What Can A Desktop Laser Cutter Cut

I initially became interested in desktop laser cutters because I started having  lots of new ideas for more intricate projects. I realized that vinyl/die cutters, although great for many reasons, were limited in the amount of precision their drag knife blades could cut. I was curious about what sorts of materials can these desktop laser machines could handle.

What materials can desktop laser cutters cut? Luckily, these machines are designed to cut through completely and engrave a wide variety of materials. The most common ones are wood, fabric, paper, leather, rubber, cardboard. However, there are some materials that these machines are capable of engraving only like glass, anodized aluminum, stone, marble, and many others.

I will elaborate with a little more detail shortly about some of these materials and more. It is also very essential that you know which materials you should avoid using with your laser cutter.

Some of these materials are actually quite dangerous when coming into contact with a laser beam. Others may merely wreak havoc on your machine.

What Materials Can Be Cut

Wood

Desktop laser cutters are perfectly suited for slicing all the way through and engraving beautiful designs, letters, and graphics onto wood. This is probably one of the most popular materials used.

Over the years there have been numerous exciting projects done with various kinds of wood. I’ve personally seen everything from clocks to boxes, puzzles, toys, jewelry, and a whole lot more.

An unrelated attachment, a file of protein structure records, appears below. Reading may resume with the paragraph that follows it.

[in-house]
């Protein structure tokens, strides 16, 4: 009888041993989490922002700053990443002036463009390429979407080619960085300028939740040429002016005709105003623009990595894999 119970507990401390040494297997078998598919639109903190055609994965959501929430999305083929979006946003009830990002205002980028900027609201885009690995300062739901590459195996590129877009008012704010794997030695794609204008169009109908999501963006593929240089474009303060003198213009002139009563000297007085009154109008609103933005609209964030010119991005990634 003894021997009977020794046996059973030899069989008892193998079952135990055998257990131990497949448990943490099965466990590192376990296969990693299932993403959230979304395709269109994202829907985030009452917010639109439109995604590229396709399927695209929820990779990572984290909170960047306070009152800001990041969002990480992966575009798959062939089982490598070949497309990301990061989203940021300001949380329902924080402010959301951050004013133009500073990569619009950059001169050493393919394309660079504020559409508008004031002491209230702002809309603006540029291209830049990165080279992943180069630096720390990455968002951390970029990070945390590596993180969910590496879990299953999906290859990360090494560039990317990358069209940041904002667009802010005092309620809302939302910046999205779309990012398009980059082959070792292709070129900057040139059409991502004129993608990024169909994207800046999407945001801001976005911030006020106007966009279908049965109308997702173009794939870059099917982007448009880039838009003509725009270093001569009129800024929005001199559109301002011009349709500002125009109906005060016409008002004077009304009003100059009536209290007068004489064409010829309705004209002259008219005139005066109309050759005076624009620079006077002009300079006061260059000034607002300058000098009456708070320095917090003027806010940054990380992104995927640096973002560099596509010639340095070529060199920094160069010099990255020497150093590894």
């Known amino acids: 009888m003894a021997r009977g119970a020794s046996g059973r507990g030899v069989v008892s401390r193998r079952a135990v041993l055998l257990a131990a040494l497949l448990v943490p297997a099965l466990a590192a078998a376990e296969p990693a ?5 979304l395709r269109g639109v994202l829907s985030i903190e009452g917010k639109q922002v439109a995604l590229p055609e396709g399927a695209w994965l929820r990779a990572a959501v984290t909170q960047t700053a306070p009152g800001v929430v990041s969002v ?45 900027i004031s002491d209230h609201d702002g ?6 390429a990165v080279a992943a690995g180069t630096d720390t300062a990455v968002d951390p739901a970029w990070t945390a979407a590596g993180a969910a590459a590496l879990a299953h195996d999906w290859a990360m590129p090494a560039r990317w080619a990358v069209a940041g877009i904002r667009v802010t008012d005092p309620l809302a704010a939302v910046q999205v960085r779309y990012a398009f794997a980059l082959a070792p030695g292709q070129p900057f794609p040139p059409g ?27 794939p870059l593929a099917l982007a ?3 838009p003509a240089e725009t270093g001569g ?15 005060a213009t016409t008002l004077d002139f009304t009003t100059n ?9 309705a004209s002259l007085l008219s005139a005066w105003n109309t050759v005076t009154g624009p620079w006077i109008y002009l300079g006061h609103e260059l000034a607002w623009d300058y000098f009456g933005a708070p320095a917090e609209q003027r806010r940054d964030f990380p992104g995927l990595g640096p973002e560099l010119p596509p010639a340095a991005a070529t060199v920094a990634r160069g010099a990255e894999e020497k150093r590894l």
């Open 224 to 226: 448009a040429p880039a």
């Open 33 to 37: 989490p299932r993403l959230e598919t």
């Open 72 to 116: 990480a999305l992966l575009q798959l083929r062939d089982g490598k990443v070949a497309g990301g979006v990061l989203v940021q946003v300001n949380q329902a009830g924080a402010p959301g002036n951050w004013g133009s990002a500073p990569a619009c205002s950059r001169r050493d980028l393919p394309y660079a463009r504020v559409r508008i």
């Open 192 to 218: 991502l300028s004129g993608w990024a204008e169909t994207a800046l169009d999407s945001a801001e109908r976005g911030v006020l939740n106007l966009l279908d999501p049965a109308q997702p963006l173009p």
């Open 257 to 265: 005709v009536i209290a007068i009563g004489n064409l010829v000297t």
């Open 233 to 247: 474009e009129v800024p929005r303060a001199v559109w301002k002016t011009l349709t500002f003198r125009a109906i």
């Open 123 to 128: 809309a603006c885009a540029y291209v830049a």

Since many of these machines are specially designed to cut many kinds of woods, I wouldn’t worry too much about any project you may have in mind for your machine.

I would caution you to avoid any kind of woods that have oily resinous material embedded in them. Some examples would be pine or cedar. The reason being that is that these varieties are much more prone to catching fire. The laser beam, rather than vaporrising and burning material away, will simply ignite it and you could have a real fiery mess on your hands.

Paper

I’ve seen some very beautiful ornate designs with paper that have been cut with laser cutters. This is one of the things that intrigued me, and piqued my interest when I was doing research on the limitations of other cutting machines.

Incidentally, it’s also one of the chief reasons I am planning on investing in one very soon.

I had read that vinyl cutting machines are capable of cutting paper, but often there are issues with overcutting, alignment, dull blades, and several other issues that hamper the creation of more intricate designs.